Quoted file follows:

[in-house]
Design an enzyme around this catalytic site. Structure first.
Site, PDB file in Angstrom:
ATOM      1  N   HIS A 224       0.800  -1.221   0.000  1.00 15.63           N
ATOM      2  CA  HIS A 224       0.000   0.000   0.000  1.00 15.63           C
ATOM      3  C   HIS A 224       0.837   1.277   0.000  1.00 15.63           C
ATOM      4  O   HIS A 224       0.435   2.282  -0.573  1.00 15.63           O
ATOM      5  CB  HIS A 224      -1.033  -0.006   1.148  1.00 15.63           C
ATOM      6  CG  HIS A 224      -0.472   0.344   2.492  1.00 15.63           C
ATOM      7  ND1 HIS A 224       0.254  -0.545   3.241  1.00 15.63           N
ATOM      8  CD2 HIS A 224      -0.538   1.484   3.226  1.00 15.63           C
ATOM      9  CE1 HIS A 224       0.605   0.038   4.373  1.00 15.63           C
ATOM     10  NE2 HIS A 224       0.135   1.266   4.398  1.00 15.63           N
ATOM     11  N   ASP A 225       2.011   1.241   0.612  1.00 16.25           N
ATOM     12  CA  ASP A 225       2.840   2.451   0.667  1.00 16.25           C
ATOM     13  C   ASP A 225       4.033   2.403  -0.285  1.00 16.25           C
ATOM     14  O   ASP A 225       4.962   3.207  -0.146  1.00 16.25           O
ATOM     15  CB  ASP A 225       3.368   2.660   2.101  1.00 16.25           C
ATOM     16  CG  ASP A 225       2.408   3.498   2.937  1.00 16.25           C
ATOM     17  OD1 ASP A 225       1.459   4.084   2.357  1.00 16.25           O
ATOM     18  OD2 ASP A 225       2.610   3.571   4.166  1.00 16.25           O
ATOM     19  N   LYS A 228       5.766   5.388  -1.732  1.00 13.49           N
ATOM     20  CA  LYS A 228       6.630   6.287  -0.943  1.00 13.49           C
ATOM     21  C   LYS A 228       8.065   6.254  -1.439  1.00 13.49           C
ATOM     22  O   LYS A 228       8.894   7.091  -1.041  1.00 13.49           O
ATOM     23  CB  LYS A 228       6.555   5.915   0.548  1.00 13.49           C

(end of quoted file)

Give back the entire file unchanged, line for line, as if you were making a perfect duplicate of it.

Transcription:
[in-house]
Design an enzyme around this catalytic site. Structure first.
Site, PDB file in Angstrom:
ATOM      1  N   HIS A 224       0.800  -1.221   0.000  1.00 15.63           N
ATOM      2  CA  HIS A 224       0.000   0.000   0.000  1.00 15.63           C
ATOM      3  C   HIS A 224       0.837   1.277   0.000  1.00 15.63           C
ATOM      4  O   HIS A 224       0.435   2.282  -0.573  1.00 15.63           O
ATOM      5  CB  HIS A 224      -1.033  -0.006   1.148  1.00 15.63           C
ATOM      6  CG  HIS A 224      -0.472   0.344   2.492  1.00 15.63           C
ATOM      7  ND1 HIS A 224       0.254  -0.545   3.241  1.00 15.63           N
ATOM      8  CD2 HIS A 224      -0.538   1.484   3.226  1.00 15.63           C
ATOM      9  CE1 HIS A 224       0.605   0.038   4.373  1.00 15.63           C
ATOM     10  NE2 HIS A 224       0.135   1.266   4.398  1.00 15.63           N
ATOM     11  N   ASP A 225       2.011   1.241   0.612  1.00 16.25           N
ATOM     12  CA  ASP A 225       2.840   2.451   0.667  1.00 16.25           C
ATOM     13  C   ASP A 225       4.033   2.403  -0.285  1.00 16.25           C
ATOM     14  O   ASP A 225       4.962   3.207  -0.146  1.00 16.25           O
ATOM     15  CB  ASP A 225       3.368   2.660   2.101  1.00 16.25           C
ATOM     16  CG  ASP A 225       2.408   3.498   2.937  1.00 16.25           C
ATOM     17  OD1 ASP A 225       1.459   4.084   2.357  1.00 16.25           O
ATOM     18  OD2 ASP A 225       2.610   3.571   4.166  1.00 16.25           O
ATOM     19  N   LYS A 228       5.766   5.388  -1.732  1.00 13.49           N
ATOM     20  CA  LYS A 228       6.630   6.287  -0.943  1.00 13.49           C
ATOM     21  C   LYS A 228       8.065   6.254  -1.439  1.00 13.49           C
ATOM     22  O   LYS A 228       8.894   7.091  -1.041  1.00 13.49           O
ATOM     23  CB  LYS A 228       6.555   5.915   0.548  1.00 13.49           C